Associations between sitting time and weight in young adult Australian women

De Cocker, Katrien A., van Uffelen, Jannique G. Z. and Brown, Wendy J. (2010) Associations between sitting time and weight in young adult Australian women. Preventive Medicine, 51 5: 361-367. doi:10.1016/j.ypmed.2010.07.009

Author De Cocker, Katrien A.
van Uffelen, Jannique G. Z.
Brown, Wendy J.
Title Associations between sitting time and weight in young adult Australian women
Journal name Preventive Medicine   Check publisher's open access policy
ISSN 0091-7435
Publication date 2010-11
Sub-type Article (original research)
DOI 10.1016/j.ypmed.2010.07.009
Volume 51
Issue 5
Start page 361
End page 367
Total pages 7
Editor Alfredo Morabia
Place of publication New York, NY, U.S.A.
Publisher Academic Press
Collection year 2011
Language eng
Formatted abstract
Objective: Sedentary behaviour may be a contributor to weight gain in today's young adult women, who are gaining weight faster than women in their mothers' generation. The aim was to examine the relationships between sitting time and weight in young women.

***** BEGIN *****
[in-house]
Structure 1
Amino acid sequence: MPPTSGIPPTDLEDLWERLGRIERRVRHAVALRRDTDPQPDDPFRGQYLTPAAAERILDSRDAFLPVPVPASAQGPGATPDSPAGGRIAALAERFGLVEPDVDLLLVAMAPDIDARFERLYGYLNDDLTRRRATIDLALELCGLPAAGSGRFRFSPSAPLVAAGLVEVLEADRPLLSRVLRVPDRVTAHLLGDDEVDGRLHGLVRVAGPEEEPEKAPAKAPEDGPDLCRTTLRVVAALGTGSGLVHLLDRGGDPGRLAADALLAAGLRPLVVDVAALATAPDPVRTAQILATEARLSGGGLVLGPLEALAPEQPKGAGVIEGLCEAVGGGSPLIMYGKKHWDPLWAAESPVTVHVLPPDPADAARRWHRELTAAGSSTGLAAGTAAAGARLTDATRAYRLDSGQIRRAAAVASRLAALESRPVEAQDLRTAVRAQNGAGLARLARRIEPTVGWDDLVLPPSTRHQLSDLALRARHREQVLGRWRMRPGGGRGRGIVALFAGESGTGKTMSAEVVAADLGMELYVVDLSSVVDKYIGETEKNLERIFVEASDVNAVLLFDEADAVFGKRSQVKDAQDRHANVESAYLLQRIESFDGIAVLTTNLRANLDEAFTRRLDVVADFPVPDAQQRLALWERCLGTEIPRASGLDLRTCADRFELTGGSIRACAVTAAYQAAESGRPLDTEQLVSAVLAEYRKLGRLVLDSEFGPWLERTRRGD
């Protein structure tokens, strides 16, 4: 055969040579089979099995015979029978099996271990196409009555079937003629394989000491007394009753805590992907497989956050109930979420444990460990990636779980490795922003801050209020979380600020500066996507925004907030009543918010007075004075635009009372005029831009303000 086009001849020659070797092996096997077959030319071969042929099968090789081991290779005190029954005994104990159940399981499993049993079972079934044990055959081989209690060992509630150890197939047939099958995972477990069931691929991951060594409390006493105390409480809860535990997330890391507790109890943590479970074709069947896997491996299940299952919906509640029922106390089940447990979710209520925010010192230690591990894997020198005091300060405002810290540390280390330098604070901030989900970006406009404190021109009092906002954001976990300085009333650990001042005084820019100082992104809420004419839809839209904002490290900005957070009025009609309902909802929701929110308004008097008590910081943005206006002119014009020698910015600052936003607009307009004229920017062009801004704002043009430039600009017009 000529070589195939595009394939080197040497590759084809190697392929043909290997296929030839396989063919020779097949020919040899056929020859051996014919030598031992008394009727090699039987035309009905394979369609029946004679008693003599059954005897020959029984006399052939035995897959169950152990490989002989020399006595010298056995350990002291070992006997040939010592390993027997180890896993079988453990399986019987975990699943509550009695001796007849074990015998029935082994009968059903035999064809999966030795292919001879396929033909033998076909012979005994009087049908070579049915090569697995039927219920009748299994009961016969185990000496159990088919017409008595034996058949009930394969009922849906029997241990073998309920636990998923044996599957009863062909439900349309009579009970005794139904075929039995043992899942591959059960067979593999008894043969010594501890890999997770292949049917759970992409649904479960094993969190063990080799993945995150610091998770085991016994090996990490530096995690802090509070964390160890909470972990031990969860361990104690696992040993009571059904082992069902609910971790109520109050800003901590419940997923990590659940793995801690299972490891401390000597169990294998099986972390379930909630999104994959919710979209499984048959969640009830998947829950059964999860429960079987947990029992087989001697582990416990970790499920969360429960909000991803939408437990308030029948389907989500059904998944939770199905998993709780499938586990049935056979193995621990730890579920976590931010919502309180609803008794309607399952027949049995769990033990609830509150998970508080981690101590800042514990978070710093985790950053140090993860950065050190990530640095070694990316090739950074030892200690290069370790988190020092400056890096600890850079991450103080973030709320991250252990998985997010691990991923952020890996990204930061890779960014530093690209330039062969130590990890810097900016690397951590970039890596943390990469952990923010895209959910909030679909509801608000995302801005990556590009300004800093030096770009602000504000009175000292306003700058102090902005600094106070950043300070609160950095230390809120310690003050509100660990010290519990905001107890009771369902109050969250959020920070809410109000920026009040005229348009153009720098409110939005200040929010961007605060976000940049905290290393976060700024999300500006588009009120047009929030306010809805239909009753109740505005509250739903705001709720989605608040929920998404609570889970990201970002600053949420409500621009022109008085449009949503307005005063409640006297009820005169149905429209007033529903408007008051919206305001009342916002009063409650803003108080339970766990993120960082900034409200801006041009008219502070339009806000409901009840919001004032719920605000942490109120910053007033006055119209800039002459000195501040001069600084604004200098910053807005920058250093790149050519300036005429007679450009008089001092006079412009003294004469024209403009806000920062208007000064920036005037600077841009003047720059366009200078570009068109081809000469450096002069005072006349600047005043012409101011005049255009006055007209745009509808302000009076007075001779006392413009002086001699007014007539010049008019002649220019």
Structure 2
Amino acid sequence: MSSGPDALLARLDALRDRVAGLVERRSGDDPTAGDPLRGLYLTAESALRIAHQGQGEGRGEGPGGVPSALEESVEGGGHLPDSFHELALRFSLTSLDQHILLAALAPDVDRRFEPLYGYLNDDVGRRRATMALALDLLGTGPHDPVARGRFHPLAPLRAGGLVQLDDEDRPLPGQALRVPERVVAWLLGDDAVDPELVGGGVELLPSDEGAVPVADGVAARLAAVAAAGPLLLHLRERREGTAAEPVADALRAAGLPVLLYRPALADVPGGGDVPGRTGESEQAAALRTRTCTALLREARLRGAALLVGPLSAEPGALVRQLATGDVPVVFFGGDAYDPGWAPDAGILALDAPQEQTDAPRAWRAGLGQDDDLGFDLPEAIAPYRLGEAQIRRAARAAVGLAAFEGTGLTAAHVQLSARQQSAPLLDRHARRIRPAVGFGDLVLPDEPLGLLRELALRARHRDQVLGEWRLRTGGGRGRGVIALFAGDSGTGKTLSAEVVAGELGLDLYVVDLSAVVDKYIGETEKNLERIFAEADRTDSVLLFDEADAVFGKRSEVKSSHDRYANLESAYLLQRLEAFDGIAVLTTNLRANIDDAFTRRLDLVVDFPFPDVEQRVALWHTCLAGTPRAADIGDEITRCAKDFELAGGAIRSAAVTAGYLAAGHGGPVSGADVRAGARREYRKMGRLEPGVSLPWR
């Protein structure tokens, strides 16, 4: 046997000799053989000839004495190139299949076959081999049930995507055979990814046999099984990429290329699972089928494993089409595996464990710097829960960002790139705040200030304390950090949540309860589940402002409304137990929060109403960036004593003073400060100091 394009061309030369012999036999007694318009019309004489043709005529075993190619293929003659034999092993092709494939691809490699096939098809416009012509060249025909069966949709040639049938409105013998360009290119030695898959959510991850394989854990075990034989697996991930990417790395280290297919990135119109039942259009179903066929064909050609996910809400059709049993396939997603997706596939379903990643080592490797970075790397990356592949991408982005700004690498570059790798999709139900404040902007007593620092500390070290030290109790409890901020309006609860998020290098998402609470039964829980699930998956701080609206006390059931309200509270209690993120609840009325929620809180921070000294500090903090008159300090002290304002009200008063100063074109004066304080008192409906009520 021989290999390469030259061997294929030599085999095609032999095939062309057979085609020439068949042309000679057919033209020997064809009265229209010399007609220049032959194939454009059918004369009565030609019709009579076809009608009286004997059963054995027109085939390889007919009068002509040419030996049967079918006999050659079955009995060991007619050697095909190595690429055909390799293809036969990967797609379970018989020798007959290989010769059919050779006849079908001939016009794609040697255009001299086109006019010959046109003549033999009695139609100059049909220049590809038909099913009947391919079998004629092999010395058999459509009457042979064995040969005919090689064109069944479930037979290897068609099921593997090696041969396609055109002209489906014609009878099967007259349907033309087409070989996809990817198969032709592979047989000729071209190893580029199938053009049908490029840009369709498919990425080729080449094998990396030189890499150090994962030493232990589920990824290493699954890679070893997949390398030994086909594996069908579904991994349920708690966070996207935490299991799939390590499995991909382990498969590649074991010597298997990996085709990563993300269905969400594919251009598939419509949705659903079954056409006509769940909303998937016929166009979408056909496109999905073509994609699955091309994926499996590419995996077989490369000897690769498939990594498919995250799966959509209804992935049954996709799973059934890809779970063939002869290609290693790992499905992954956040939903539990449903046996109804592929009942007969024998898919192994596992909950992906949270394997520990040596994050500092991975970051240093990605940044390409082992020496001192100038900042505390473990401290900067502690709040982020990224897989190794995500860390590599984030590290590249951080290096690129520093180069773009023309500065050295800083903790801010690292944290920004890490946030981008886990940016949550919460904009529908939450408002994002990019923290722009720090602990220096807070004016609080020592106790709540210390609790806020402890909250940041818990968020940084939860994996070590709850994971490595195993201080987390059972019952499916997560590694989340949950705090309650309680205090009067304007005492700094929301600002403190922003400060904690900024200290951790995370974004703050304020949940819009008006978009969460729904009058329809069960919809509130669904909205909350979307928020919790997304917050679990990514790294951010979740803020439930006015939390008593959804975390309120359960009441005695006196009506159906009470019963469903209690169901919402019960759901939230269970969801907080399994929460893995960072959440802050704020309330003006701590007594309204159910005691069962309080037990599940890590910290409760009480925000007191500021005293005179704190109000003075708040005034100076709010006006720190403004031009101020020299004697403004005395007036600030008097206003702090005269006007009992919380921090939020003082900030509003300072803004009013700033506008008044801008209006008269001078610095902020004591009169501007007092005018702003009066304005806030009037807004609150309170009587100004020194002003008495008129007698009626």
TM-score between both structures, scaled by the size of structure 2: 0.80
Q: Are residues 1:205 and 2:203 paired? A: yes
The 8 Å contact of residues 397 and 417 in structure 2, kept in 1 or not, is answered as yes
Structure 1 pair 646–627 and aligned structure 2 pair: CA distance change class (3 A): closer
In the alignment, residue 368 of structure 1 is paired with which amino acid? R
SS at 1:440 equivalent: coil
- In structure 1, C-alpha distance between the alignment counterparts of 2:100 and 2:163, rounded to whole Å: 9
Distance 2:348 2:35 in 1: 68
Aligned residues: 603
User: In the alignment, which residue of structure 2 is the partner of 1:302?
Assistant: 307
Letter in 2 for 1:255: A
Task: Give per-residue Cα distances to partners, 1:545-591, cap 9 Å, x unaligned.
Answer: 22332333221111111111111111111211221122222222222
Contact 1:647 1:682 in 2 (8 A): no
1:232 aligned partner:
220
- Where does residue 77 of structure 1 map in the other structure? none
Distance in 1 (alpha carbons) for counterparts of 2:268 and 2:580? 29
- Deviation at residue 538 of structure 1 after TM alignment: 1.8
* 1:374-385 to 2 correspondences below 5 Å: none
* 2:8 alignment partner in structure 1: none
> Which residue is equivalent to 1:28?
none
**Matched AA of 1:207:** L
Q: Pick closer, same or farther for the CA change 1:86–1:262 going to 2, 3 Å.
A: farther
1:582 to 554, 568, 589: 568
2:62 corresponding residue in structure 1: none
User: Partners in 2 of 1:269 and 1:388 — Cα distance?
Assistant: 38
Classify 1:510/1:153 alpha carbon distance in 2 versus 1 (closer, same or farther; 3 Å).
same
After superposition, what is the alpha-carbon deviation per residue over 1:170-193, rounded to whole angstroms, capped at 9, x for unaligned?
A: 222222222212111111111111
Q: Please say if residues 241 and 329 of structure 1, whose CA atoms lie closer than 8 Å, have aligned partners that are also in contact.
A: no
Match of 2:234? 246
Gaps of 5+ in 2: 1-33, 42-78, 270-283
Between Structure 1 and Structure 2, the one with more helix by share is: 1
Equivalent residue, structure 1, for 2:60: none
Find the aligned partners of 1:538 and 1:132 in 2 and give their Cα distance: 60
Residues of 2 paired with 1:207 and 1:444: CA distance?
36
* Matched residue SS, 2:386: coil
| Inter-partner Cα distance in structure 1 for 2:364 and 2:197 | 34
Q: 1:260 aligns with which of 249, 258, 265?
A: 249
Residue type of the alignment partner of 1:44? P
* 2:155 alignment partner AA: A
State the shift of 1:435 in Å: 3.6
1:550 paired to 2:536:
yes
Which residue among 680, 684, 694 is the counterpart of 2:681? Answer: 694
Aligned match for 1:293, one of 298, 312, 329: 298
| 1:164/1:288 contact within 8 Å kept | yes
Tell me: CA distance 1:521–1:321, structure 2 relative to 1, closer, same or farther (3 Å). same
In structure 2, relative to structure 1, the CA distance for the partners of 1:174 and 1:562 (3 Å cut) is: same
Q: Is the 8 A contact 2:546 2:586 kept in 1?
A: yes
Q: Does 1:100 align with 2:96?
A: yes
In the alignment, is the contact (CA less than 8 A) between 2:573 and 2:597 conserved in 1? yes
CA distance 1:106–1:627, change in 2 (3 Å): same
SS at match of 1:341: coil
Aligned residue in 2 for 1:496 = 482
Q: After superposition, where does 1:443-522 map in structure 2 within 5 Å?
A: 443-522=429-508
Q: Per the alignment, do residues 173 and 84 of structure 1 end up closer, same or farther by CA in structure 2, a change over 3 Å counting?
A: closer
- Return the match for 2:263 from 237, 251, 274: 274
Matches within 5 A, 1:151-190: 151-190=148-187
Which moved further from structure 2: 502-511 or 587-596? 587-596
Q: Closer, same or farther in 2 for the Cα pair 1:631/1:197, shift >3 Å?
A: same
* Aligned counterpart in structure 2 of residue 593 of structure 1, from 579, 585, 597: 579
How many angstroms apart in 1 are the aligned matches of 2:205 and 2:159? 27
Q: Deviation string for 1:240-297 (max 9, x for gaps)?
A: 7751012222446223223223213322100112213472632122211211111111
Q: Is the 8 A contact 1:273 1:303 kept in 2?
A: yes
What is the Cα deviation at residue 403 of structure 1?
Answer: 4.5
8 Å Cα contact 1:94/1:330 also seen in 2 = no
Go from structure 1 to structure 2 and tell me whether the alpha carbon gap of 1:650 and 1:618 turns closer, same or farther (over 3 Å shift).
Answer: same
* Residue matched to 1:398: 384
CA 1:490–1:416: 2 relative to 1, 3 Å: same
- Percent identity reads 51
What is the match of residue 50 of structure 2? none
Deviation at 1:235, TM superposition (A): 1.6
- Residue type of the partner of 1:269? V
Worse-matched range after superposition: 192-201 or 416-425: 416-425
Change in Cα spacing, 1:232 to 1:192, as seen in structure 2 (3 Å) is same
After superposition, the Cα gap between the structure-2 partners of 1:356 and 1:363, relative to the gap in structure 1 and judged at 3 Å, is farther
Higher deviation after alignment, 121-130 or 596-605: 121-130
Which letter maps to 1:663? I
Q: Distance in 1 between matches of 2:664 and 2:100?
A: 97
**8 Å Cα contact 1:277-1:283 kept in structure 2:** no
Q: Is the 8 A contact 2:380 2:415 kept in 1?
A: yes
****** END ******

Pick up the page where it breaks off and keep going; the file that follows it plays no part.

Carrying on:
Method: Data were from women born in 1973–1978 who completed surveys in 2000, 2003 and 2006 for the Australian Longitudinal Study on Women's Health. Associations between concurrent changes in sitting-time and weight, and prospective associations between these variables, were examined using ANOVA and linear regressions, stratified by BMI-category in 2000 (n = 5562).

Results: Among overweight and obese women, percentage weight change from 2000 to 2006 was higher in those whose sitting time increased (> 20%) than in those whose sitting time decreased (> 20%) over the same period (p < 0.05). Conversely, percentage change in sitting time was significantly higher in those who gained weight (> 5%) than in those who lost weight (> 5%) (p < 0.05). There were no prospective associations between (change in) sitting time and weight change, or between (change in) weight and change in sitting time.

Conclusion: The results confirm associations between concurrent changes in weight and changes in sitting time in overweight and obese women, but no prospective relationships were found.
© 2010 Published by Elsevier Inc.
Keyword Cohort study
Weight change
Sedentary behaviour
Q-Index Code C1
Q-Index Status Confirmed Code
Institutional Status UQ

Document type: Journal Article
Sub-type: Article (original research)
Collections: Official 2011 Collection
School of Human Movement and Nutrition Sciences Publications
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Citation counts: TR Web of Science Citation Count  Cited 11 times in Thomson Reuters Web of Science Article | Citations
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Created: Sun, 28 Nov 2010, 00:00:53 EST